The Purchasing Managers’ Index (PMI) fell to a 20-month low in May, stoking British manufacturers' fears that stagnation has set in.
After posting 54.4 in April, the PMI has fallen steadily over the past 20-months to 52.1, even though it remains above the neutral point of 50. Manufacturing production fell, as well as a reduction in new orders. Both these began to rise in June and July 2009 respectively. Factors affecting this downward trend are said to include weaker domestic market conditions, slower market export growth and the higher than usual number of bank holidays over May.
Rob Dobson, senior economist at Markit, the financial information services company said: “Domestic market weakness was the main drag on order books and output. However, this was exacerbated by the additional bank holidays in late April, which fell during the early part of the latest survey period, and ongoing supply-chain disruption following the Japanese earthquake.”
“Consumer goods producers and small-scale manufacturers have been hit hardest by the slowdown,” he added.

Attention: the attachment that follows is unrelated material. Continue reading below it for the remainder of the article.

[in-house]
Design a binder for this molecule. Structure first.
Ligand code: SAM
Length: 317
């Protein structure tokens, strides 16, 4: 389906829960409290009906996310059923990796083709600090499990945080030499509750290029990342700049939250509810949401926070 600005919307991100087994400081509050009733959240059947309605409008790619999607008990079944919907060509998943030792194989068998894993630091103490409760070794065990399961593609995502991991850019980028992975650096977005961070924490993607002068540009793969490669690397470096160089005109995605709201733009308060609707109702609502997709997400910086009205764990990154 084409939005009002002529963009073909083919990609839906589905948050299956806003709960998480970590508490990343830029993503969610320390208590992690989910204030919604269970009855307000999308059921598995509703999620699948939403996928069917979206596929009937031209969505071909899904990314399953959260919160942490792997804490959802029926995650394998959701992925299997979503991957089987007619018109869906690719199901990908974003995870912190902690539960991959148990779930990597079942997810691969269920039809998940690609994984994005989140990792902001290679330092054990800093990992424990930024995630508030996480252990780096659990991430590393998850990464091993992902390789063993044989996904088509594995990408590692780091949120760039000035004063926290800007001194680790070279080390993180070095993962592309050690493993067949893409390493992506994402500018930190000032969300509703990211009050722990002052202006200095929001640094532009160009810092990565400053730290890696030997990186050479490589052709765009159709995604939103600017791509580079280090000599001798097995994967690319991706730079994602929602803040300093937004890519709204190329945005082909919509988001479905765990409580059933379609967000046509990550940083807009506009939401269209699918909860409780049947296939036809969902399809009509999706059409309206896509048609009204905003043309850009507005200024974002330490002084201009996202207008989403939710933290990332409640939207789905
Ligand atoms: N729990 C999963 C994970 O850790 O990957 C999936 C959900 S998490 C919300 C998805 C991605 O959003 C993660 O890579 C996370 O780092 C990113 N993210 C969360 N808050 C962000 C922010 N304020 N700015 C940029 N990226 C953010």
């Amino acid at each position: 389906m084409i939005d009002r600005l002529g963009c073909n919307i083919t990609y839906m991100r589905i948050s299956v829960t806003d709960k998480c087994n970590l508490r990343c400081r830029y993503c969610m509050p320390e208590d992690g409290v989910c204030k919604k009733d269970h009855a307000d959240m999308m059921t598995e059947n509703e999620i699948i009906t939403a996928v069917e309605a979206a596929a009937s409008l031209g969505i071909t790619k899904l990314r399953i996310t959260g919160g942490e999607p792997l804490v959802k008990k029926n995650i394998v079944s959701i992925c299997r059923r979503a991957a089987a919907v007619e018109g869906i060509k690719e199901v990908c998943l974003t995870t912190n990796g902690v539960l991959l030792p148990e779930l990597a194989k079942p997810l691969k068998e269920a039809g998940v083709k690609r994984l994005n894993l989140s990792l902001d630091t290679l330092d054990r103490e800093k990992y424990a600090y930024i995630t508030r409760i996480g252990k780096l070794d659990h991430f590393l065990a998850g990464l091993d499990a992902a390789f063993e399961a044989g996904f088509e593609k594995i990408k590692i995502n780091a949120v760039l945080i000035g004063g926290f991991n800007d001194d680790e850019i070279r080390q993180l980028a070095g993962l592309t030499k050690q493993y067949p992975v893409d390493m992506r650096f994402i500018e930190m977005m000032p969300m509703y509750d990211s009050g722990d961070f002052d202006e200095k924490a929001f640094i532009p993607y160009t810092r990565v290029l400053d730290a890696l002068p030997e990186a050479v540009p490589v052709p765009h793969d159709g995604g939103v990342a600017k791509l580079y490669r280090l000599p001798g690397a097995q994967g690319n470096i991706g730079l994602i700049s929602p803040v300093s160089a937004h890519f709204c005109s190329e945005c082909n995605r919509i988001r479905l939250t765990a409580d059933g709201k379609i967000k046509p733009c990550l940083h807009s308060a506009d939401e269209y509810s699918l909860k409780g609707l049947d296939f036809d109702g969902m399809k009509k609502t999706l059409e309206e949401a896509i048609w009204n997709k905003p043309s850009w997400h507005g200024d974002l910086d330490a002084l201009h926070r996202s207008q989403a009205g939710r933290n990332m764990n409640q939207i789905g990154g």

Consumer goods experienced the sharpest downturn in production and new orders, with the intermediate goods market also showing signs of decreasing strength in the same areas. While export markets have grown over the past eight months, the growth has slowed to the lowest in the same period. Markets such as Brazil, China, France and Russia have all increased their levels of demand from UK manufacturers.
David Noble, chief executive officer at the Chartered Institute of Purchasing & Supply painted a more optimistic picture: “[The situation] may not be as disheartening for the coming months, as many of these drags are temporary.”
“With the level of export orders still rising and the rate of inflation easing somewhat, we expect that May will come to be seen as an anomaly,” he reflected.
Positive analysis of the PMI was forthcoming from Mark Lee, head of manufacturing, Barclays Corporate too: “Against a darkening global backdrop … sentiment amongst UK manufacturers remains marginally in positive territory, for now,” he said. “One positive in UK manufacturing today is increasing levels of liquidity in the sector. As recent EEF figures demonstrate, in part this is because bank lending to the sector is on the rise,” he added.
Juergen Maier, managing director of Siemens Industry UK, thinks this is a temporary setback. “Whilst it points to a slightly less buoyant mood, it must not affect investment decisions. As a sector, we need to stay extremely resilient on that and keep investing to improve operational and energy efficiencies. Only in this way can we ensure the mini manufacturing resurgence we have seen over the last 18 months is sustained well into the future.
“Our manufacturing base needs ongoing support from the coalition, financers and manufacturers to create an environment where investment in R&D and continuous improvement in productivity levels is possible.”
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